Friday night was another 5Rhythms class, this one just 2 hours of a traditional Wave. I was thrilled that my friend Amanda offered to take the class with me; she took a few classes back in 2010 and then fell off the bandwagon, but she is a fantastic mover, so it was great to have her back! The class drew in several new people, plus Michelle, a woman I connected with at Biodanza last year and who I have been longing to dance with again. She is one of those people who can just look at you and you feel overwhelmed with joy.

Here are some random notes from the evening:

The Watchful Hands

It is typical for the instructor to begin a Flowing exercise by telling us to dance with our hands. Before we introduce the arms, shoulders, spine, hips, and legs into the dance, we move only our hands, become fully immersed in the subtleties of the wrists and fingers. However, this time the instructor told us to imagine eyes on the palms of our hands. When we move our hands, what are they seeing?

What I saw was a sliver of everyone else’s dancing, and when we were fully given permission to dance with our entire body, I found myself tuning into my classmates’ movements, noticing a particular move they were doing, and completing a variation of that movement. Call it “copying,” but I saw it more of a form of connection with every.body there in that studio.

‘To Me’ vs. ‘For Me

To kick off Chaos, the instructor, as he has done in the past, had us join hands and form a circle, our arms shaking wildly as one form, our bodies being pulled one way and then another. Was it irritating that we were being pulled in several different directions at once or was it guidance for us to give into the moment? Is this chaos happening to you or for you?, we pondered after class. What if we shifted our perspective so that the chaos we face in daily living is happening “for me,” rather than the victimized “to me”? Is it possible to see the world that way?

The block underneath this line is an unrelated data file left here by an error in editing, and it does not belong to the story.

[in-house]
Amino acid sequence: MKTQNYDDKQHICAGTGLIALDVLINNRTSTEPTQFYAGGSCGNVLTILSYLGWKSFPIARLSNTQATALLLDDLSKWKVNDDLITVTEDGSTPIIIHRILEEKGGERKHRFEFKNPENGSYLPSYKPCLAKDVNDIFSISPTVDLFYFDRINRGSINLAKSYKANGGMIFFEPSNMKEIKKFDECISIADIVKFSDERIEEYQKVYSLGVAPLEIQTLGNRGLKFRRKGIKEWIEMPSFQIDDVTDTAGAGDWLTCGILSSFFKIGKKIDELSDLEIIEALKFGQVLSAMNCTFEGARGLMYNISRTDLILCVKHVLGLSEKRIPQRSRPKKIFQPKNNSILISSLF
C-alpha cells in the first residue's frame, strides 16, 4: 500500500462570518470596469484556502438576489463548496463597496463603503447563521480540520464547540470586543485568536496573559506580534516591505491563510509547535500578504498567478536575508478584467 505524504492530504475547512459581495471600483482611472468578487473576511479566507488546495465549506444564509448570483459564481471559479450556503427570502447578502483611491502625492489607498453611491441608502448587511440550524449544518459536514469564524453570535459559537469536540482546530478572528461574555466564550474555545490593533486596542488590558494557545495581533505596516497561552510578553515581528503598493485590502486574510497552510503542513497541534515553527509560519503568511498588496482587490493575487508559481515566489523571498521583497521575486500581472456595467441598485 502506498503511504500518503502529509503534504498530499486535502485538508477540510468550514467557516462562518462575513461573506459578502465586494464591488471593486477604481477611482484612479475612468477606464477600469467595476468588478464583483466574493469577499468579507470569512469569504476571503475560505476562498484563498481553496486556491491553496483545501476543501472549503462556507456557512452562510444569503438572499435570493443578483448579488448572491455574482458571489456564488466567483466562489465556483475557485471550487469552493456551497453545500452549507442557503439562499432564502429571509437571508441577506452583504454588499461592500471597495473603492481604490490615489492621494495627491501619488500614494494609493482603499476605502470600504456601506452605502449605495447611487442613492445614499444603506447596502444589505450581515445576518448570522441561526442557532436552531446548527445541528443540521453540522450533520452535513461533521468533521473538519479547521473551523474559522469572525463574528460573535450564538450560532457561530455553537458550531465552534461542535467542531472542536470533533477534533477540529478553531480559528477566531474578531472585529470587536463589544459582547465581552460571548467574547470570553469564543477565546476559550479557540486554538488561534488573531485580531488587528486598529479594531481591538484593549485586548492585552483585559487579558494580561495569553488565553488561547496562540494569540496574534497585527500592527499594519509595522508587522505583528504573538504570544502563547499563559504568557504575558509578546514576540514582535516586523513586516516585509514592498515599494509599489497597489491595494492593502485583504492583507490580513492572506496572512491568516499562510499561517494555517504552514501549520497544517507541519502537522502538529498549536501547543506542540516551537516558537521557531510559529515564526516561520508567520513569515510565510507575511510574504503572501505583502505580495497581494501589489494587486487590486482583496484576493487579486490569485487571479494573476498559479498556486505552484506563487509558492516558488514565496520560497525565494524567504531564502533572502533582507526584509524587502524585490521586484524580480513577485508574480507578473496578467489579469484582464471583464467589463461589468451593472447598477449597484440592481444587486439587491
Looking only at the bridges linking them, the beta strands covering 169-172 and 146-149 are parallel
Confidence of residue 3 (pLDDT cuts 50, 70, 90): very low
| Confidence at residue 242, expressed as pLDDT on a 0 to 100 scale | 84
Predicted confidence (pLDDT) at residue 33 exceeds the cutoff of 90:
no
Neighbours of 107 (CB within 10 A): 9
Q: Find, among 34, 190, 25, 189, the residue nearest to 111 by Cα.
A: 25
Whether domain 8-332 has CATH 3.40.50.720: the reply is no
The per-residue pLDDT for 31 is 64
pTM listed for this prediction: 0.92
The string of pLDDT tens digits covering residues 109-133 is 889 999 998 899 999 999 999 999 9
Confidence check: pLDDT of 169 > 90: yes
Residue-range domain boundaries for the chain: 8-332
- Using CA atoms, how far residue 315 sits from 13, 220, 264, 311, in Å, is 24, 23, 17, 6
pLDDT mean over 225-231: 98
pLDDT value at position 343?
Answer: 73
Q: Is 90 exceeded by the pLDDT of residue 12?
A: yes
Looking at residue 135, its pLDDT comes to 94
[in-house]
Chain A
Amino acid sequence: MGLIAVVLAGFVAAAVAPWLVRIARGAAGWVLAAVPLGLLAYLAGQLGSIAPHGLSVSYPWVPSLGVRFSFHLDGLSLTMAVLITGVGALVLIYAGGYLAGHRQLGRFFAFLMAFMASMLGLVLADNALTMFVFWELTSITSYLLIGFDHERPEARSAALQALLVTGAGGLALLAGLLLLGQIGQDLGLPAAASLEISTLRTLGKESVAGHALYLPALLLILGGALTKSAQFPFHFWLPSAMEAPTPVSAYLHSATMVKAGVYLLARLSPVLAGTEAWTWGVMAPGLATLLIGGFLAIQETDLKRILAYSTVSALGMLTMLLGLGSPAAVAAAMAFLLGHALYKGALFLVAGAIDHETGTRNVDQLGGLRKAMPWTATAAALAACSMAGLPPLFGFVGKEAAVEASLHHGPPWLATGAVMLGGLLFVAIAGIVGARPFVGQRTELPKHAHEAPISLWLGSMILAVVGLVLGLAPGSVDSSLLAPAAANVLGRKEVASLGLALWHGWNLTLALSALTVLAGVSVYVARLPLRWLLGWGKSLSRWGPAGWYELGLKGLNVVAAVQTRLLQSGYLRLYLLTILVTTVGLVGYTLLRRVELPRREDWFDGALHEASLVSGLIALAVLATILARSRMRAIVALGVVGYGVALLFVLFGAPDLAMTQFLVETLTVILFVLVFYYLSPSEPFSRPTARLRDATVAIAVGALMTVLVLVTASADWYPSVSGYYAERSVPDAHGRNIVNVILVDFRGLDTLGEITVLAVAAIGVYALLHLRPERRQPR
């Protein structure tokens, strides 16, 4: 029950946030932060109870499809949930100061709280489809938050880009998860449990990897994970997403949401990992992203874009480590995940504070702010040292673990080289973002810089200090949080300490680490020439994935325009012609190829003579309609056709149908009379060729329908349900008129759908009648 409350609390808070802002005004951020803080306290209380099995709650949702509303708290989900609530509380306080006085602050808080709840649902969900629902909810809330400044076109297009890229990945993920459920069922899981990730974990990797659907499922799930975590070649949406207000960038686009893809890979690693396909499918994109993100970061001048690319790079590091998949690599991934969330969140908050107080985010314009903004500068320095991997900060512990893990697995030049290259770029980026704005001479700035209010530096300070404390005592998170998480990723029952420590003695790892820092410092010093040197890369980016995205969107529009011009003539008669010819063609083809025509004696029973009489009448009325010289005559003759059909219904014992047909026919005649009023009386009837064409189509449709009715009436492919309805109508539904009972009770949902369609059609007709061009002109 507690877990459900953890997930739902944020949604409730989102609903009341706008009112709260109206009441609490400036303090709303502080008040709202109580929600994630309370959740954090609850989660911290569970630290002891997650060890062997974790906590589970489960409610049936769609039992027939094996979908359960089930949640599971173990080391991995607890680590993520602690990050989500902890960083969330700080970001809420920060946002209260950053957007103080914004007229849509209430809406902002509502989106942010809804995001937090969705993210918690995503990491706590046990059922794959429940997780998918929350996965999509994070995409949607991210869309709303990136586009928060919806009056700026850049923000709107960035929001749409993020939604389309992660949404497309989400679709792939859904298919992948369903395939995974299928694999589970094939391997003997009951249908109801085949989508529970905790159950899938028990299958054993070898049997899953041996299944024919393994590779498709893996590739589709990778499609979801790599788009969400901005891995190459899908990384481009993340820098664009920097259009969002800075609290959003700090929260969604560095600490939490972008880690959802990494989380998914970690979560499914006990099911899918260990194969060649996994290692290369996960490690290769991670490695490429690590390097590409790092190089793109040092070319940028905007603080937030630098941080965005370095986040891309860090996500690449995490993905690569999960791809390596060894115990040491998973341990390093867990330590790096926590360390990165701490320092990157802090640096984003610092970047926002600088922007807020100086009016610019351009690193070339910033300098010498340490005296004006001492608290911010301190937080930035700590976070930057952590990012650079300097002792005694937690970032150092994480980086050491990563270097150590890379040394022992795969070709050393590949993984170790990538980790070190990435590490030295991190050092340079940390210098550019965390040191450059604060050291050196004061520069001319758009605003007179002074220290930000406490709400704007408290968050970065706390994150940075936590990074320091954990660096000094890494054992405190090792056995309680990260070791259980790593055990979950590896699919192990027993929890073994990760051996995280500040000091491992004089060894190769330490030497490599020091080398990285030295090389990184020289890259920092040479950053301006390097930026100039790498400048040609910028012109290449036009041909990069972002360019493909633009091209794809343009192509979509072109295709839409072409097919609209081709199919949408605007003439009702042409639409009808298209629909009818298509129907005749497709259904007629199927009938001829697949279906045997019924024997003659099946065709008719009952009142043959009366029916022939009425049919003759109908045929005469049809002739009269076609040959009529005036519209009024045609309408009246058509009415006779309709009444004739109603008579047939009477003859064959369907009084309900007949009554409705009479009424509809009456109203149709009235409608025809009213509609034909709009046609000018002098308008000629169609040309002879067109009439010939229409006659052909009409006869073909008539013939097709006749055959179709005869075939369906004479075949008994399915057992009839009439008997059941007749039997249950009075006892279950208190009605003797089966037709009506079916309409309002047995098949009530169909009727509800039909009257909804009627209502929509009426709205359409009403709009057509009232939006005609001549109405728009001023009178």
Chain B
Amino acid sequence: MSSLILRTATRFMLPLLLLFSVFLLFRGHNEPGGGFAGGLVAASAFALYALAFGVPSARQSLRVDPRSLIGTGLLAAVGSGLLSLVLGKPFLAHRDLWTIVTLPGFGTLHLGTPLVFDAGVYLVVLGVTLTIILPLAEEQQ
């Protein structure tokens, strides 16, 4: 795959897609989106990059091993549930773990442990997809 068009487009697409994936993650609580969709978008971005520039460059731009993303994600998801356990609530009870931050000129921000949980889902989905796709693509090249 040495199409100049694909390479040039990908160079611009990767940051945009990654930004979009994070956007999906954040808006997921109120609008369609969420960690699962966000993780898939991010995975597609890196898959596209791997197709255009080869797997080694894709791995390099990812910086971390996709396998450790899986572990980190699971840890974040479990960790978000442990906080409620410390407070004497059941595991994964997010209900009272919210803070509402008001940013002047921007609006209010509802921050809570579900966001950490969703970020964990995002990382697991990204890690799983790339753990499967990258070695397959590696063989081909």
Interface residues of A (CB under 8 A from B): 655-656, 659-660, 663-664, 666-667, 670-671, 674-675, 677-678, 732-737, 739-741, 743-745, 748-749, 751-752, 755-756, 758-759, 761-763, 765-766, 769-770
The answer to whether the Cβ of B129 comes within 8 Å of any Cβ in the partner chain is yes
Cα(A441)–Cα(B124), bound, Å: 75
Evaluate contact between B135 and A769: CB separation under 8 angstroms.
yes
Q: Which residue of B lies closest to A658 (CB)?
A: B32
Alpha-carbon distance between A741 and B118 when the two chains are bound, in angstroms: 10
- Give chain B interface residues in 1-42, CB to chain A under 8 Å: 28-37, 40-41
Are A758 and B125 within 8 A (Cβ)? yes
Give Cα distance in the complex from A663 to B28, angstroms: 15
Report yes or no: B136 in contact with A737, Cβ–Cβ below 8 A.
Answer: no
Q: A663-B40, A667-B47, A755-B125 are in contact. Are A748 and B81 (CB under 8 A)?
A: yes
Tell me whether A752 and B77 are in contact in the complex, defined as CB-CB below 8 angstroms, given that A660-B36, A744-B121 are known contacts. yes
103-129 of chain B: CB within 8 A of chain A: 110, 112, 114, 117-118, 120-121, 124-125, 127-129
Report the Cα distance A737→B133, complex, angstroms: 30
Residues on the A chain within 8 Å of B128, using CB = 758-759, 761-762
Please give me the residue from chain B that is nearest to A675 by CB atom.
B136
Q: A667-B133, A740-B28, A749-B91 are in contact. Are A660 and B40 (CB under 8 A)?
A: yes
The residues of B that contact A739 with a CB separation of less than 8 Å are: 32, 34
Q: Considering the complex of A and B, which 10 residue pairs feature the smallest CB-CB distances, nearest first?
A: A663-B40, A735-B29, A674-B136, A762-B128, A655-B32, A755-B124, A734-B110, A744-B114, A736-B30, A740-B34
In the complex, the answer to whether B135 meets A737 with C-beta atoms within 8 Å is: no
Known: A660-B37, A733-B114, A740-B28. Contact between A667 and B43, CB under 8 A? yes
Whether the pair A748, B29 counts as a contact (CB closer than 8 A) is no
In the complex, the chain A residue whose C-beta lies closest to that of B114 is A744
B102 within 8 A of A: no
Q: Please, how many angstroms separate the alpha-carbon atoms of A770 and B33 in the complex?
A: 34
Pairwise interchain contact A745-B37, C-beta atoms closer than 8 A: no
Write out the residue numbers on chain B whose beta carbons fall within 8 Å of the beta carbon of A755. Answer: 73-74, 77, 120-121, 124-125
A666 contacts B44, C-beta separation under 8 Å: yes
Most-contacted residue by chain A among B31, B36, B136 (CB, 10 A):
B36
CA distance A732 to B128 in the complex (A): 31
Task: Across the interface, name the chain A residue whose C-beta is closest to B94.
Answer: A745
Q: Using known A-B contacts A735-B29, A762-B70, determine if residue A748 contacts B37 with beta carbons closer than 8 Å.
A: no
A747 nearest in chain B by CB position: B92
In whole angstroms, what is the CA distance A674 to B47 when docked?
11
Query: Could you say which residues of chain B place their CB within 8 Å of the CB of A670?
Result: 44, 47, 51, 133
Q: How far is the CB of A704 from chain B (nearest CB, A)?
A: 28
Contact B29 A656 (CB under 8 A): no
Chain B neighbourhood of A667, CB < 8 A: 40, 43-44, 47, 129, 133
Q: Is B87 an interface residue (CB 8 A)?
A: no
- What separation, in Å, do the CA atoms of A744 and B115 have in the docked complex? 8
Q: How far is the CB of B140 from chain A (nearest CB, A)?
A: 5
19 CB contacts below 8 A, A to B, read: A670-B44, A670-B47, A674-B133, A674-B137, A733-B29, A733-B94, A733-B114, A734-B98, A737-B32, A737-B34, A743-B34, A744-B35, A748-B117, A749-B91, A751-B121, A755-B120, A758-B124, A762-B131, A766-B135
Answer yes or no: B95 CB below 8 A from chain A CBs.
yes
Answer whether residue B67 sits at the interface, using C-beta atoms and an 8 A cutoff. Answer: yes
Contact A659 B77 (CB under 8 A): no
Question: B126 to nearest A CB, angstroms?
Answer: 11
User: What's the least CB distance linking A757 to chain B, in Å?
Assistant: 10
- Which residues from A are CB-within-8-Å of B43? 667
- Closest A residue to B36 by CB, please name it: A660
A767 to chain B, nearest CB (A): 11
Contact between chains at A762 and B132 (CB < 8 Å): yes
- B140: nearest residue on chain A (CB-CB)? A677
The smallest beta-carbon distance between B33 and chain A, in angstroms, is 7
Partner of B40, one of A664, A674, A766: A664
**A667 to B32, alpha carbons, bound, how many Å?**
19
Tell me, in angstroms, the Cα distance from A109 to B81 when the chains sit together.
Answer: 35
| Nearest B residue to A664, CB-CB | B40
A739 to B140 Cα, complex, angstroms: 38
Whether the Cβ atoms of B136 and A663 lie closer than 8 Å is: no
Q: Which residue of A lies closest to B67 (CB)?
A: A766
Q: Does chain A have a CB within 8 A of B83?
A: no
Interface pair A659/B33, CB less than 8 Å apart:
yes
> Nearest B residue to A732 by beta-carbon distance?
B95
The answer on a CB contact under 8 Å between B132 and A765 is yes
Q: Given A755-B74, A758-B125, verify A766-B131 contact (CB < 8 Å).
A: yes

This snowstorm is happening ‘for me’??

Amanda the Kite

At one point, when the majority of the class was either vibrating in place or making small steps around themselves, Amanda flew across the studio floor as though she had wings on her ankles, a Porsche speeding down a suburban street when everyone else was going cautiously at 25 mph. Her body was a kite whipping wildly on a windy day; her movement spoke joy, and it was at that point I remembered the instructor’s comment about seeing someone else’s movement and really, really liking it, so much that you want to try it out. So for that moment, Amanda inspired me to be a kite.


Chaos forced me to strip off my sweatshirt, and all I had on underneath was a black sports bra. Normally I really don’t like to remain “shirtless”; when not caught up in the ecstasy of dancing, having my midriff exposed makes me feel all kinds of vulnerable. Not that I have a beer gut hanging out from my yoga pants or anything, but the stomach is just a weird body part that shifts in appearance with every forward fold, backbend, side stretch, and jump. Every time I disrobe down to the sports bra, I’m reminded of the Seinfeld episode when Jerry’s girlfriend walks around the apartment naked and how he’s repulsed at seeing her clothes-less body cough, sneeze, and shake.

I had that nervous feeling for about 3 seconds after peeling off the shirt, but then I was back in the throes of Chaos, moving around every which way, the thoughts of a prana-filled, sweat-covered belly taken over by a deep appreciation of my entire being, the way it was whirling, curling, shaking, and gyrating. My hair, which I normally go great lengths to ensure is pinned back and held neatly in place, was a hot mess. Half of it had fallen out of the rubberband, a few ends were plastered in my armpit, and whatever was left was stuck in the corners of my mouth or covering my eyes. It is in those moments of naked sweaty stomachs and fly-away Medusa hair where my freedom is found.

Michelle’s Plateau Pick-Me-Up

After the pure wildness and rawness of Chaos, the Lyrical that followed was difficult for me to maintain. I was sweaty, exhausted, and had reached a plateau. My Lyrical began to feel flat, and just as I was reluctantly shifting into the dreaded “forced” movement, Michelle shimmied up to me and did a little shake-shake-shake here, shake-shake-shake there, the twinkle in her eye and smile on her lips infusing me with a new spark of energy, like I was a Super Mario Brother coming across a 1-Up mushroom. I didn’t need a new song, a caffeine shot, or a rest break to come back to life; all it took was a little exchange of energy, and I was granted a new reserve of breath and enjoyment.

Some Sweat and Sweetness

I was paired with the studio owner during the shift from Lyrical into Stillness. We clasped hands and engaged in a lovely pas de deux, our breath slowing and our movements growing softer and softer. Had I not been just utterly sweaty at that point, I would have given myself more fully, but I was afraid of pressing my glistening back all over her delicate blouse. It was still a sweet moment.